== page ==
What Strong Stan and Flexible Fiona have in common is that they’re both missing vital pieces of muscle awareness.

    In Stan’s case, heavy and tight muscles crave flexibility. Without it, not only would Stan hit a plateau in his gains because of a sure injury, but he would miss out on having the lean and toned muscles that we all want to have.

    In Fiona’s case, her overstretched muscles are not getting a workout at all. Rather, her excessive flexibility is resting on her joints, which leads to definite injury.

    So what can you do? It’s quite simple.

    You have to give your muscles the opposite of what they’re used to.

    If you’re a Stan and hate stretching, focusing on your flexibility is key. You will lengthen your tight muscles, and you’ll create new muscle memory by practicing routines that are new to you and your muscle groups.

    If you’re a Fiona and hate strengthening, focusing on this priority is vital. Your muscles are used to being passive as you stretch, so shaking up the usual and putting them to work will not only keep you injury-free, but that much closer to the muscle gains you’ve been looking for.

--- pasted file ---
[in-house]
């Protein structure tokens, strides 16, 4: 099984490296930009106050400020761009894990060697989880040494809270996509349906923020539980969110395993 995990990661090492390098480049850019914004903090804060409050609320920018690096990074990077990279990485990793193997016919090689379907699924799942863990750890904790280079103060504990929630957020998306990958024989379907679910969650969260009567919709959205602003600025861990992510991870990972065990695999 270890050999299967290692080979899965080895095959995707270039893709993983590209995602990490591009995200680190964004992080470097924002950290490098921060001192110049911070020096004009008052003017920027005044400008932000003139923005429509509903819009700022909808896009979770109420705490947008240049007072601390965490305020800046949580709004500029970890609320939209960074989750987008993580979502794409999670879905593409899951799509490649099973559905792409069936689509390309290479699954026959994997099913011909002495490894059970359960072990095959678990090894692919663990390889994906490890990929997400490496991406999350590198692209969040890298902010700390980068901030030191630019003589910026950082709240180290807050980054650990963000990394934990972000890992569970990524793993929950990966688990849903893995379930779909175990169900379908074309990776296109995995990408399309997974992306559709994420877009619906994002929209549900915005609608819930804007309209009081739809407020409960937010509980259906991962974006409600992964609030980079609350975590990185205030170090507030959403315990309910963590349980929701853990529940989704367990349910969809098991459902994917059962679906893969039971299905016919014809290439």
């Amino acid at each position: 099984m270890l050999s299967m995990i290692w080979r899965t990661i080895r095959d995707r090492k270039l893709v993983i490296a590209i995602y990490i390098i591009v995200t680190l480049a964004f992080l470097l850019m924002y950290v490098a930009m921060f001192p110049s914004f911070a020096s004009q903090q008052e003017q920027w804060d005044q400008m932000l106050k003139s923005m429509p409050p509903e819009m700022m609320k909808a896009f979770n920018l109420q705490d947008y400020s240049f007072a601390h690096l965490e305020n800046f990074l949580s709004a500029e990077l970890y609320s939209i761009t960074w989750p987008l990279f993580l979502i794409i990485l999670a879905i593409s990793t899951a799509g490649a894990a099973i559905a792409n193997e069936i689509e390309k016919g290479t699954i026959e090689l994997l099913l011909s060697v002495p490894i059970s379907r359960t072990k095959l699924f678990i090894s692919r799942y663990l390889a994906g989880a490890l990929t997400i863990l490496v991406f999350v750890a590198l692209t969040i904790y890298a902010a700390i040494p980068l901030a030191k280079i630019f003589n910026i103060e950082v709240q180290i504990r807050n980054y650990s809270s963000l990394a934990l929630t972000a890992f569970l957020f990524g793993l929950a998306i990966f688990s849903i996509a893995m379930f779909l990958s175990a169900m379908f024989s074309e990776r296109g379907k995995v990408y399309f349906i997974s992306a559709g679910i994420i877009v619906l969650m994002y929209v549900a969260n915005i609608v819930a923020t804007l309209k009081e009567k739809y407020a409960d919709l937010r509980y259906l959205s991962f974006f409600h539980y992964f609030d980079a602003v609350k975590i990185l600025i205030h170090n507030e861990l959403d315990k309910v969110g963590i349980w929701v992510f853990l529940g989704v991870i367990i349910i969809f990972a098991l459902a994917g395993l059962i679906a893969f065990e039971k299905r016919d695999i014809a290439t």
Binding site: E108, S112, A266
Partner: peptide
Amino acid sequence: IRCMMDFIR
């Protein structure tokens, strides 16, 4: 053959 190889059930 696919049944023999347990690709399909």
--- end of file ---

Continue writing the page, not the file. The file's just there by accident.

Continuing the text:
Fortunately, flow yoga is the whole package, and can be the one-stop-shop for both Stan and Fiona.

      Final Thoughts

      If you’re serious about using flow yoga to supplement your workout routine to boost gains, sign up for a class at your local gym or yoga studio. There are a number of styles of yoga to try, but as we’ve discussed in this article, the Vinyasa style is your best bet to complement a moderate exercise regimen.

      Many studios offer beginner-style Vinyasa classes, where the instructor will explain the basics, and break down the sequences in a pace that is suitable for entry-level students. From here, the student can build upon their practice, and opt for more challenging, fast-paced classes, such as Power Flow or Ashtanga.

      Working out is a lesson in teaching your muscles. The gains that we grow are the result of that experience, and it all comes down to conditioning our body in a way that is healthy, efficient, and balanced.

      With a practice like flow yoga, we can offer supplemental training to our current regimen that will work our muscles in ways that are new, refreshing, and “surprising.” This method will keep our muscles toned and lean, as long as we prioritize the balance between strength and flexibility to ensure that we’re meeting both of these needs. Our muscle gains and body health depend on it.

      More Resources About Yoga and Fitness

      Featured photo credit: Edit Sztazics via unsplash.com

      Reference